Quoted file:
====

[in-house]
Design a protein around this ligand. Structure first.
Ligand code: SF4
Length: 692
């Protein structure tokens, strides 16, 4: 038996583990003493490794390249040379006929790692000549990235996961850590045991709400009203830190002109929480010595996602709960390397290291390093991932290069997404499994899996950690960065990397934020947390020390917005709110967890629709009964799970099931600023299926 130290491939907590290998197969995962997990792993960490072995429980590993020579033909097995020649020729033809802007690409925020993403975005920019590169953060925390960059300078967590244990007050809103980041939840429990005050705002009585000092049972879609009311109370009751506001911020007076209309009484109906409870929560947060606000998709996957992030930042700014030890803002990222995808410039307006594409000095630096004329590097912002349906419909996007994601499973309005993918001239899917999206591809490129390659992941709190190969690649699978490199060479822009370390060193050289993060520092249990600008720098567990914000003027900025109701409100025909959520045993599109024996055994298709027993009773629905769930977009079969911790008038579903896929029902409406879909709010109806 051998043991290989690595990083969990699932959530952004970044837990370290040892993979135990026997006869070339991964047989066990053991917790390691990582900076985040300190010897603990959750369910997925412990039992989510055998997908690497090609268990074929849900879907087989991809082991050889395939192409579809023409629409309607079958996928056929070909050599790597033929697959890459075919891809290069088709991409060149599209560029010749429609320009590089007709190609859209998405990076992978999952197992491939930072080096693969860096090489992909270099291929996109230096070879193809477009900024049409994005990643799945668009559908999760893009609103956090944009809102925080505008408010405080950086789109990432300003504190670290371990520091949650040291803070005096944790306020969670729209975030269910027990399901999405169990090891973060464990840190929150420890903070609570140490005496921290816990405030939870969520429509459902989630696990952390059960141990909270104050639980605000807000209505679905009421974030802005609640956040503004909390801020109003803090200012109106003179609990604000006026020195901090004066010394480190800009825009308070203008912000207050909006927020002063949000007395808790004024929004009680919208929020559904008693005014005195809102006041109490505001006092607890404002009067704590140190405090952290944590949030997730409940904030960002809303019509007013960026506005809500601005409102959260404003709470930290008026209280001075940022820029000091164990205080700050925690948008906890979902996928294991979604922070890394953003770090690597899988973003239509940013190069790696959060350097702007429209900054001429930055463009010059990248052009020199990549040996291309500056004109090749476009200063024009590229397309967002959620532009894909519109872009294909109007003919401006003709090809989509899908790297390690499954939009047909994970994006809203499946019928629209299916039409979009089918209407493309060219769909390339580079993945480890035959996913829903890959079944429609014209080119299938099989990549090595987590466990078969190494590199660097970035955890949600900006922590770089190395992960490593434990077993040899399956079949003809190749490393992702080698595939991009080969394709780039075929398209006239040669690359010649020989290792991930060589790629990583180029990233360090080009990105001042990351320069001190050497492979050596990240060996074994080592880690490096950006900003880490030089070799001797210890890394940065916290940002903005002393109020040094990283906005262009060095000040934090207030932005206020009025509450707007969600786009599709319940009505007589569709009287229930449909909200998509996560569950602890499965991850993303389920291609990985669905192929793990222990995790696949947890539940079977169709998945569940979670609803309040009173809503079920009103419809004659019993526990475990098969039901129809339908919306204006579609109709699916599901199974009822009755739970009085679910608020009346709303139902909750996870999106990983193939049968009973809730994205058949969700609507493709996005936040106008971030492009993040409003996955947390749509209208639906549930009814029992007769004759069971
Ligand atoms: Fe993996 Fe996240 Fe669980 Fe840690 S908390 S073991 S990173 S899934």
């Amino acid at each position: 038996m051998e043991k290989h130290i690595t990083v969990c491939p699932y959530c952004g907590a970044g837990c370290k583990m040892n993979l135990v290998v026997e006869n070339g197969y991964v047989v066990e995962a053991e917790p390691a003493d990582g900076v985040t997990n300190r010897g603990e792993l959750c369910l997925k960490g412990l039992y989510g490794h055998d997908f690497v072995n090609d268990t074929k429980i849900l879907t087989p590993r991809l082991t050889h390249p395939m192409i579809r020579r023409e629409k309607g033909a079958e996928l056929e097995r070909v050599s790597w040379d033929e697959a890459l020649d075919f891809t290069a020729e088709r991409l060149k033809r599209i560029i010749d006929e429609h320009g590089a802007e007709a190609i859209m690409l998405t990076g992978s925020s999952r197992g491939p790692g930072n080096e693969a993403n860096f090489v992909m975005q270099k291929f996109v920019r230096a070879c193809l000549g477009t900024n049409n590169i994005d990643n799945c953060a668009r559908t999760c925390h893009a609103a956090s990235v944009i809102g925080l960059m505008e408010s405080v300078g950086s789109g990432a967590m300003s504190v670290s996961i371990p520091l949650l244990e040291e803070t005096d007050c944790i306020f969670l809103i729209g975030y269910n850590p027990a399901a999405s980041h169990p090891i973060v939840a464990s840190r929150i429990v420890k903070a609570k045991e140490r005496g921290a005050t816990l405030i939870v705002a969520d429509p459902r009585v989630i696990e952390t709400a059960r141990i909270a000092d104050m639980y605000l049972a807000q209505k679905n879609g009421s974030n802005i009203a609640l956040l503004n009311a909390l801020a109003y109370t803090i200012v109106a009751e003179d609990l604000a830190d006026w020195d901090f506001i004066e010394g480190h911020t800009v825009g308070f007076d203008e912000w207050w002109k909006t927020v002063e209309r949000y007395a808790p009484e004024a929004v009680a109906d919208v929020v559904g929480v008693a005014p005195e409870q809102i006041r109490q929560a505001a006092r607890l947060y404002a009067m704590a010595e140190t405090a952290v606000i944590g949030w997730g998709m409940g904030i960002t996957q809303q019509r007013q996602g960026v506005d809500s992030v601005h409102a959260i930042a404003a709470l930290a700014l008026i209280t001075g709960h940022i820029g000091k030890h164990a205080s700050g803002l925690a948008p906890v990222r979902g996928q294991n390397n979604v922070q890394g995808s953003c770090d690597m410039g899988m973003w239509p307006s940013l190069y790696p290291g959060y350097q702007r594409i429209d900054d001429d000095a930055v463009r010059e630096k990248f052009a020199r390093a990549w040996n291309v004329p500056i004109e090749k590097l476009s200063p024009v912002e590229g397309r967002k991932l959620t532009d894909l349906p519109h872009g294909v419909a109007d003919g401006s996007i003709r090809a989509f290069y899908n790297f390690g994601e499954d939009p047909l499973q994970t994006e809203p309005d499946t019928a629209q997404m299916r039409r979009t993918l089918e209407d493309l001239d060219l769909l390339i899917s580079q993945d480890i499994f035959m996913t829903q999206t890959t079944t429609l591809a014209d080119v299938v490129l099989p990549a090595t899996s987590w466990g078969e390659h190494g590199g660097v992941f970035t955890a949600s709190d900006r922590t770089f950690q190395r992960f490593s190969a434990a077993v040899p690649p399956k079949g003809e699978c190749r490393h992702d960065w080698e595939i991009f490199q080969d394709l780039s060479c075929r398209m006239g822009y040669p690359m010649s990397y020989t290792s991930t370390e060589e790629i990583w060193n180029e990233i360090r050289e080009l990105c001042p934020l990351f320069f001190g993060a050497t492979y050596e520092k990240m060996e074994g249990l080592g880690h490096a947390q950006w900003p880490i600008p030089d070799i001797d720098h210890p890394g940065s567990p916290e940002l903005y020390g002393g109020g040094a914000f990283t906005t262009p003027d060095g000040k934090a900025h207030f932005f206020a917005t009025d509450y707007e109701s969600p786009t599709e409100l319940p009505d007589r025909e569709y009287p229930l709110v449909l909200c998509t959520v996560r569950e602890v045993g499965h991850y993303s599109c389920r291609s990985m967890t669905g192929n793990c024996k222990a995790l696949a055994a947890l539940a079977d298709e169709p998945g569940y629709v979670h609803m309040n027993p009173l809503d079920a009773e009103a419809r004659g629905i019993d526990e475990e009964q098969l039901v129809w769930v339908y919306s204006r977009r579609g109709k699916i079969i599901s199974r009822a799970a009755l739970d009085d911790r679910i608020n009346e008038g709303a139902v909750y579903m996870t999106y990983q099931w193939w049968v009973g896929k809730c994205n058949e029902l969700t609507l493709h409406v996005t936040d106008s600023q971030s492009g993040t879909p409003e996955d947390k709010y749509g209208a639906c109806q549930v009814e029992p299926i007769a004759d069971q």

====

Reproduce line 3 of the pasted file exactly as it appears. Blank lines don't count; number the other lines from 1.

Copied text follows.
Ligand code: SF4